A joint session can offer a range of benefits and is feasible where an organisation is adopting coaching for a number of managers / directors to support some organisational change and a shift in internal dynamics. There has to be an accepted openness and a level of comfort about those being coached coming together.

A joint contracting session can help with:

– Getting to know me as a coach, my style and approach. Ours will be an important relationship and meeting me with others can make coming along for our first 1-1 meeting less daunting. It gives the opportunity to discuss general issues, such as boundaries, feedback and the need for clarity on topics to be addressed.

– Enhancing their appreciation of ‘what is coaching?’ This can be important where individuals have had a mentor and feel unclear about how a mentor and coach differ.

In a joint session there can be testing out of understanding and listening to the experiences of others:

  1. Exploring (with the Director of HR) the organisation’s purpose for working with an external coach and how coachees were identified/ approached. It provides the coachees space to discuss the organisational context that will form the backcloth to their coaching. As part of reflection, I will be encouraging them in our sessions to explore what they have learned about the organisation from situations/ issues we address.
  2. Setting the coachees thinking about their desired outcomes as a preparation for the 1-1 contracting meeting.
  3. Discussing options for engaging with line managers. Individuals need to make their own decisions based upon consideration of what support they feel may be of value to them personally. My experience suggests that in the appropriate circumstances a joint session can set a positive tone for the coaching and help the coachees appreciate its fit with overall organisational direction.In one organisation we agreed and documented organisational outcomes; these were then used within review and evaluation of the coaching. Both coachees and the organisation found this a helpful exercise as it demonstrated the value of the coaching in contributing to the overall change agenda and enabled individuals to assess how they had responded to challenges in the workplace. Coachees felt that organisational outcomes offered them a useful context, without restricting them in agreeing personal outcomes and raising their own issues within the confidentiality of the coaching relationship.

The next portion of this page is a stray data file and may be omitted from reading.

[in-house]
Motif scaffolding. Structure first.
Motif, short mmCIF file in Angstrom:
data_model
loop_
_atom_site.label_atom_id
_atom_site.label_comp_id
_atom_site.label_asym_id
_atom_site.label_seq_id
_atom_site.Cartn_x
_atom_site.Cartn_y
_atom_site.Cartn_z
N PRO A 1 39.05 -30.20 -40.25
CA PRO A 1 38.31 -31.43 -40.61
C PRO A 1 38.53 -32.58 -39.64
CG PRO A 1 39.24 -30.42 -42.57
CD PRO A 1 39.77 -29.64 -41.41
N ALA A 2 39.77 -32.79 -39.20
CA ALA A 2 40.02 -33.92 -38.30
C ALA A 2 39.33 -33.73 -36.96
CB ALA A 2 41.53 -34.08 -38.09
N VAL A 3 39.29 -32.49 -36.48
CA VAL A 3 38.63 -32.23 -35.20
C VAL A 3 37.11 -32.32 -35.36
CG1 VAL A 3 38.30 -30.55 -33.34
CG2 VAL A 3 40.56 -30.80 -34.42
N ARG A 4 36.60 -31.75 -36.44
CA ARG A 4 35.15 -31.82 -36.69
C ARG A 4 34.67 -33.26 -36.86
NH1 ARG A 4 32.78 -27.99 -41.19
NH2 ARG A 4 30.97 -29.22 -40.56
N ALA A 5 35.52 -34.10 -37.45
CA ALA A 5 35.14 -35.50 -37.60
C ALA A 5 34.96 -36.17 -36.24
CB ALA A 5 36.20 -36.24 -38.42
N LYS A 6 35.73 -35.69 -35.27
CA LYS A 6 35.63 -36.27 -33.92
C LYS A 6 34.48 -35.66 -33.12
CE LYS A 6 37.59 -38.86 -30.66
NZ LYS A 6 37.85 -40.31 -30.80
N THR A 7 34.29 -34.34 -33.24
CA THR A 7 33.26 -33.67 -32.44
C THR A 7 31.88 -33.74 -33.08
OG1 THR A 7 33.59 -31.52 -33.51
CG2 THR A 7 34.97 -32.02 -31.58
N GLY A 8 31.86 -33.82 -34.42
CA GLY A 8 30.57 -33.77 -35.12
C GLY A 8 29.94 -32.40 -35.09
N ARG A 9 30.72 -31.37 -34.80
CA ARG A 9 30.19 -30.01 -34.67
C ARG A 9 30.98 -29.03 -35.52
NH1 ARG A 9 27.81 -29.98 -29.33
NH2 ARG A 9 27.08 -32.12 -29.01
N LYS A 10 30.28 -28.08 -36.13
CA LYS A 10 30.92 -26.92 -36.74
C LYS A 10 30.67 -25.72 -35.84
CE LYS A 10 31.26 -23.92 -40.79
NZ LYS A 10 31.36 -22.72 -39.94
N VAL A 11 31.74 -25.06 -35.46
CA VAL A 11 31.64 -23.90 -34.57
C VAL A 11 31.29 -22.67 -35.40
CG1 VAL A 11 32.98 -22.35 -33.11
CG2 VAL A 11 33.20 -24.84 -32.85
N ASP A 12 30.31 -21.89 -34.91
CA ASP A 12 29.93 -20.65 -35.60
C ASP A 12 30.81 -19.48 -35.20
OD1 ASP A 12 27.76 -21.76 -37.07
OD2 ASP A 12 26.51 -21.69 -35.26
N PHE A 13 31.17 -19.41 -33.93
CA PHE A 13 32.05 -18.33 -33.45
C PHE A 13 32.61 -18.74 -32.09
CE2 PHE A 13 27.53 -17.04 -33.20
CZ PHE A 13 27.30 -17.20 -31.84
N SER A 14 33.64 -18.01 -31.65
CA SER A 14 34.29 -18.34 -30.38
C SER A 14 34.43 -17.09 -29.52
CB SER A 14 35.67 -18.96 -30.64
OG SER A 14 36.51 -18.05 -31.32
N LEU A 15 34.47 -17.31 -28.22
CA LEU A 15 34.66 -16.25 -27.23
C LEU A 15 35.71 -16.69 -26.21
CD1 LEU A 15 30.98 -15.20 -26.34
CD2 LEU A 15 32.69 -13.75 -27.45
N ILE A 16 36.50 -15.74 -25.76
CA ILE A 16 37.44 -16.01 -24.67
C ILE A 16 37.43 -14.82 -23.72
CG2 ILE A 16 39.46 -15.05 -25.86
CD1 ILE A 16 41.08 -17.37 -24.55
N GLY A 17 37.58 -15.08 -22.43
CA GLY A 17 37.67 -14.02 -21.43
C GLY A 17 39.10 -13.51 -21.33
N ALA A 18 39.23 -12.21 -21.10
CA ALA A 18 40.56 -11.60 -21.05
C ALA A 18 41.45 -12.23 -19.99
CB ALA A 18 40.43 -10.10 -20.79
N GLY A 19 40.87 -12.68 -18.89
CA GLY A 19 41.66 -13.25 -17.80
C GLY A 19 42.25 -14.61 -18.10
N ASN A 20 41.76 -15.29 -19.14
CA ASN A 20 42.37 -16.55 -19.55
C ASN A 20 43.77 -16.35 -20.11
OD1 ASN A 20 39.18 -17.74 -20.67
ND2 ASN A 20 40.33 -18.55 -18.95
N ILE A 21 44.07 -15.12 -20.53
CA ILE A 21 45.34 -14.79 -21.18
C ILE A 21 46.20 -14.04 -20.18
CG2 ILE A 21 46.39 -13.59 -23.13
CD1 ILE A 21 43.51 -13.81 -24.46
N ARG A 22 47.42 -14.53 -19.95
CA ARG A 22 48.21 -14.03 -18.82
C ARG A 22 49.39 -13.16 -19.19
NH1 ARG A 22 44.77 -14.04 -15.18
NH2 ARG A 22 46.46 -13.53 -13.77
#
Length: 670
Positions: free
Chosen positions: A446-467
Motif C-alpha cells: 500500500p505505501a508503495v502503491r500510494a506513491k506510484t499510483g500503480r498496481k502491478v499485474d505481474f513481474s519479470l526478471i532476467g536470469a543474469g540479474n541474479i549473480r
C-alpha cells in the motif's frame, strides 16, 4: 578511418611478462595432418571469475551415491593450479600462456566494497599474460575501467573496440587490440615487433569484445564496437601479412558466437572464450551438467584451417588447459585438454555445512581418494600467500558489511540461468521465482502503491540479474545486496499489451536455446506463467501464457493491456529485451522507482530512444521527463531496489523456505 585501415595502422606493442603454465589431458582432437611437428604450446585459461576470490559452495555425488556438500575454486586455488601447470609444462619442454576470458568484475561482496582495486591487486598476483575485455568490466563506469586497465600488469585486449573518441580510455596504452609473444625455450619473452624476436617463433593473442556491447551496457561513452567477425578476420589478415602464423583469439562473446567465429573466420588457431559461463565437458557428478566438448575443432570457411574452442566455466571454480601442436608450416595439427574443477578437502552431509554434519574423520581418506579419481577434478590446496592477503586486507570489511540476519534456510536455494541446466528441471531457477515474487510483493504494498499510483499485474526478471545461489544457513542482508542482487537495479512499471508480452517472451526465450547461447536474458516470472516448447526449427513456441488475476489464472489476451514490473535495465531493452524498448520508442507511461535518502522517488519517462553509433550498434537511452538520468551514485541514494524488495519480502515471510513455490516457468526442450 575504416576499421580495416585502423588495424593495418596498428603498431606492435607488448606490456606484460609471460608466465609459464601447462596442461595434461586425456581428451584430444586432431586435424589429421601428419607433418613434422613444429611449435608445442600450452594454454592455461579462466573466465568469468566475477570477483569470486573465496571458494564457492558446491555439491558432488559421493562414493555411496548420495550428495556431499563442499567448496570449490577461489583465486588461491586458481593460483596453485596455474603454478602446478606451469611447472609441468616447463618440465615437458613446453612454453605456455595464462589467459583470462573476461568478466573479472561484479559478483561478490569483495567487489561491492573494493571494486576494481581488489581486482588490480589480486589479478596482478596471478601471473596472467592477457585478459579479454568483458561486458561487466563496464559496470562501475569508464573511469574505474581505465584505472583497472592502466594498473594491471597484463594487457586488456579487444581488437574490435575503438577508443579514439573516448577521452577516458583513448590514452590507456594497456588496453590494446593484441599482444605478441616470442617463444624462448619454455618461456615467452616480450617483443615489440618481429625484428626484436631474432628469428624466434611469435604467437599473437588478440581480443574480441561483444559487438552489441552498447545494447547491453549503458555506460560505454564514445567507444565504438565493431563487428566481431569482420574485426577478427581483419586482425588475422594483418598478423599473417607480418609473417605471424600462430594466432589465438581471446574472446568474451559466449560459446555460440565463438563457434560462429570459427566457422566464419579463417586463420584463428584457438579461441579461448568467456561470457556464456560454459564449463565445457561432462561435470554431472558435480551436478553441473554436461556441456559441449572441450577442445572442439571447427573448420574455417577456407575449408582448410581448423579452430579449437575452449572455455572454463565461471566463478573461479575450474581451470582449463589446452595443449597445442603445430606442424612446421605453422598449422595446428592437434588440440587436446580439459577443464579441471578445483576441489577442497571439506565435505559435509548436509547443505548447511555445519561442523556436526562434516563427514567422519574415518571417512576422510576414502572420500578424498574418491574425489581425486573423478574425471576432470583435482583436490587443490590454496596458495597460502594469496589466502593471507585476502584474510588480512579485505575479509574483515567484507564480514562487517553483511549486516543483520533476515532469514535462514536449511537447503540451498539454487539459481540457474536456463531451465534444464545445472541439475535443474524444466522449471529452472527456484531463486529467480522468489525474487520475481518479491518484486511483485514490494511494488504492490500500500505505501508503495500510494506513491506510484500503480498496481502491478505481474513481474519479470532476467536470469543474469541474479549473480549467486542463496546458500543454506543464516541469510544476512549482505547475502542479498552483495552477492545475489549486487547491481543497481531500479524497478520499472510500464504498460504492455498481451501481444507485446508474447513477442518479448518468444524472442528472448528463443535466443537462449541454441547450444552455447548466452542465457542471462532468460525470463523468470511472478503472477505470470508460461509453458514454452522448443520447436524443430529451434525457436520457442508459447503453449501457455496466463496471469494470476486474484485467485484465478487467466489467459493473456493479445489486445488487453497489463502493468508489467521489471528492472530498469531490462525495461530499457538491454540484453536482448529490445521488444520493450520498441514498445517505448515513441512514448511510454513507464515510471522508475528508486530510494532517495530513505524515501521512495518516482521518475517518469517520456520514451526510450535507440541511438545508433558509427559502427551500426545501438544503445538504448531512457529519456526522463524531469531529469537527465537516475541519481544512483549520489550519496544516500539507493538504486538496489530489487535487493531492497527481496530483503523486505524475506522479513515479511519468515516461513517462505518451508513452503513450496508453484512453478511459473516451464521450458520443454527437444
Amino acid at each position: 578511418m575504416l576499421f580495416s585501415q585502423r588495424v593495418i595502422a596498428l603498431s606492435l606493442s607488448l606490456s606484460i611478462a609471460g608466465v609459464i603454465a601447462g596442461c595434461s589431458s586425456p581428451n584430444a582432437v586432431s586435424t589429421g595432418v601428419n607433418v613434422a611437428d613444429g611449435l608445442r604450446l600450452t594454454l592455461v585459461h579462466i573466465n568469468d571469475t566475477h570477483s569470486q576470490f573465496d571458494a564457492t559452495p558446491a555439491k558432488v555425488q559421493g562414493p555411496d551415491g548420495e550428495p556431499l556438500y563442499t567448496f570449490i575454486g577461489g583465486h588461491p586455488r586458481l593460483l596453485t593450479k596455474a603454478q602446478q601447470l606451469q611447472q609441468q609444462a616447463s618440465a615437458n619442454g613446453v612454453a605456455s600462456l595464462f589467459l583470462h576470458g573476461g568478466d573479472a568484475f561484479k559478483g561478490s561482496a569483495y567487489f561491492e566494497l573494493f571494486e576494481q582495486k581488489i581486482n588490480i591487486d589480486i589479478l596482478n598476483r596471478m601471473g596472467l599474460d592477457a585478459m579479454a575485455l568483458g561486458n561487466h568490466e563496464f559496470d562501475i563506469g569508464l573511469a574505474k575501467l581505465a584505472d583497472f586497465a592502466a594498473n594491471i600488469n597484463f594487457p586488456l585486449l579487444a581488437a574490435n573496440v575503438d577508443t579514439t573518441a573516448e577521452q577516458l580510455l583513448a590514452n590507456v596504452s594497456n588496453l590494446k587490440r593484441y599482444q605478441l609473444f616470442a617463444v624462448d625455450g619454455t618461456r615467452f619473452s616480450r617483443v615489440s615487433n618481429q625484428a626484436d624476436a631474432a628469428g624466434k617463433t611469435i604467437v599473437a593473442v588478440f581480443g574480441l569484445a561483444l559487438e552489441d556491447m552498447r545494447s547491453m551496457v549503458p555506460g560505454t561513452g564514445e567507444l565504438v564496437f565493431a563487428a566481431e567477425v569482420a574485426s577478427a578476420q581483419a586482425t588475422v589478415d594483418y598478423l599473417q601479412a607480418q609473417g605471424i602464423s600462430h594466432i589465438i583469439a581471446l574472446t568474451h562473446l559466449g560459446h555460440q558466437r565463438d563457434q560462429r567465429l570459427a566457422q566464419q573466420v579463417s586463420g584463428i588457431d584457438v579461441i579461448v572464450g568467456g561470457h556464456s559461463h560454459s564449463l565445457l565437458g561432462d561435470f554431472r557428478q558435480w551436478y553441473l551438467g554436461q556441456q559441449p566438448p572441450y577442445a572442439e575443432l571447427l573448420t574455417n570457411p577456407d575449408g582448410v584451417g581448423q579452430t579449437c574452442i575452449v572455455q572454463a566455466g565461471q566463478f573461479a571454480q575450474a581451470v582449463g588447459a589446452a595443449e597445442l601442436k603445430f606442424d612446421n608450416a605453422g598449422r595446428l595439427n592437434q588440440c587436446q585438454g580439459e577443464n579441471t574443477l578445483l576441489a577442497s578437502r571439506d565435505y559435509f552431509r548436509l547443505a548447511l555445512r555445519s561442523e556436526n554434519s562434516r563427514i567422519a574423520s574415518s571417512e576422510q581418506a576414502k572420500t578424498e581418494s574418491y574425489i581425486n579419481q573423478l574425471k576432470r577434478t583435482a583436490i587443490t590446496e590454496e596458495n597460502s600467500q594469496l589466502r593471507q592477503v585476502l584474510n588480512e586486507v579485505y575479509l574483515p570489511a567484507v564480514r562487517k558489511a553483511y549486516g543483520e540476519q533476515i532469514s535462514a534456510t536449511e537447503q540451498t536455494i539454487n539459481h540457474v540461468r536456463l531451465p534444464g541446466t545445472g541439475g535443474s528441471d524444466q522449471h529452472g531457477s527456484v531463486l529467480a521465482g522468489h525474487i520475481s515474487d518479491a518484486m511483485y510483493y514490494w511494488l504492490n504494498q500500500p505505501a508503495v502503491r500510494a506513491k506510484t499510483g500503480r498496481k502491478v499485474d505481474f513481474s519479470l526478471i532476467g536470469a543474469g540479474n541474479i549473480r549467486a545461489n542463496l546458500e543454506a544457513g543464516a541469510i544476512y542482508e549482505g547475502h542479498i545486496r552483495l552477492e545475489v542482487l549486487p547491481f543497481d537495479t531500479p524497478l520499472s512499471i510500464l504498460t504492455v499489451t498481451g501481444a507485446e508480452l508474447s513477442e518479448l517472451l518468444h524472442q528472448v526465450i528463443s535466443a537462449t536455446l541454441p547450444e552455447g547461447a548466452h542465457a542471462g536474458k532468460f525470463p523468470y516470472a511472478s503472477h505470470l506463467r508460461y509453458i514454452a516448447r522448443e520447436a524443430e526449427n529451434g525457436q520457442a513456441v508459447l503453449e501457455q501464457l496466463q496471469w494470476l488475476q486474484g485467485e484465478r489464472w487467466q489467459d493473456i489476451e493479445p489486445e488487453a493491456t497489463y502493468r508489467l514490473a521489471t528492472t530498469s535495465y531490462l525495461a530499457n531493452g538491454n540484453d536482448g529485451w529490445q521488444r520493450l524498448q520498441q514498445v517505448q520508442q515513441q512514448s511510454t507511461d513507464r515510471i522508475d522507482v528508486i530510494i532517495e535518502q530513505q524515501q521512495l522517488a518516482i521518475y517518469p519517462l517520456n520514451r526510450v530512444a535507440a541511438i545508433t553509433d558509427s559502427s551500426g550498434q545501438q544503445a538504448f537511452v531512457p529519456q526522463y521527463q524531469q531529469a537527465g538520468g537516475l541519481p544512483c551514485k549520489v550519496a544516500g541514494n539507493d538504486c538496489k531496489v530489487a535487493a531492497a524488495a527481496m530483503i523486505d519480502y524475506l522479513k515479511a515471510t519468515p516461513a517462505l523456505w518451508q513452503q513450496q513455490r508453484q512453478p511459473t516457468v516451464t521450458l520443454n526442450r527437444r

Where there has been a joint session, the 1-1 contracting meeting builds upon that initial contact; it provides for personal discussion of the relationship and what the coachee wants to achieve. From this meeting, I encourage coachees to record their initial outcomes as they provide a focus for our sessions and also can be used to review progress.

It is important that as the relationship develops and the context may shift, outcomes are reviewed and re-negotiated. For example, the coachee may have issues that they were hesitant to raise until their trust and confidence has developed in our coaching relationship. Equally it is important to offer space for re-contracting at the start of each session. There will always be the occasion when something unexpected has occurred that the coachee needs to deal with.

During a discussion other issues may arise; re-contracting during a session allows us to move in a different direction if the coachee judges this to be appropriate and useful. In addition, it enables me to clarify what the coachee wants from me; naturally this may vary depending upon the issue and it is helpful to us to be explicit. Contracting at the start of the relationship, the start of each session and at points during a session all help to ensure clarity of outcomes and engagement with what is important to the person at the time, while respecting the political setting within the organisation.

The responsibility of this whole process of establishing a coaching agreement and outcomes is now embedded within the Association of Coaching competency framework (May 2011). Clear outcomes also provide the bedrock for effective evaluation. Like a sat nav, contracting will set an overall direction and allow for changes as the context shifts and unforeseen challenges arise. Thus effective contracting can facilitate the delivery of tangible benefits and ensure that issues important to the individual are addressed when it feels right for them. Contracting sets the direction, keeps us on track and demonstrates impact and outcomes.

Contracting is also like an iceberg, watch out for those hidden depths. I will explore those another time!

an iceberg

I am very happy to provide references and a bibliography for this blog.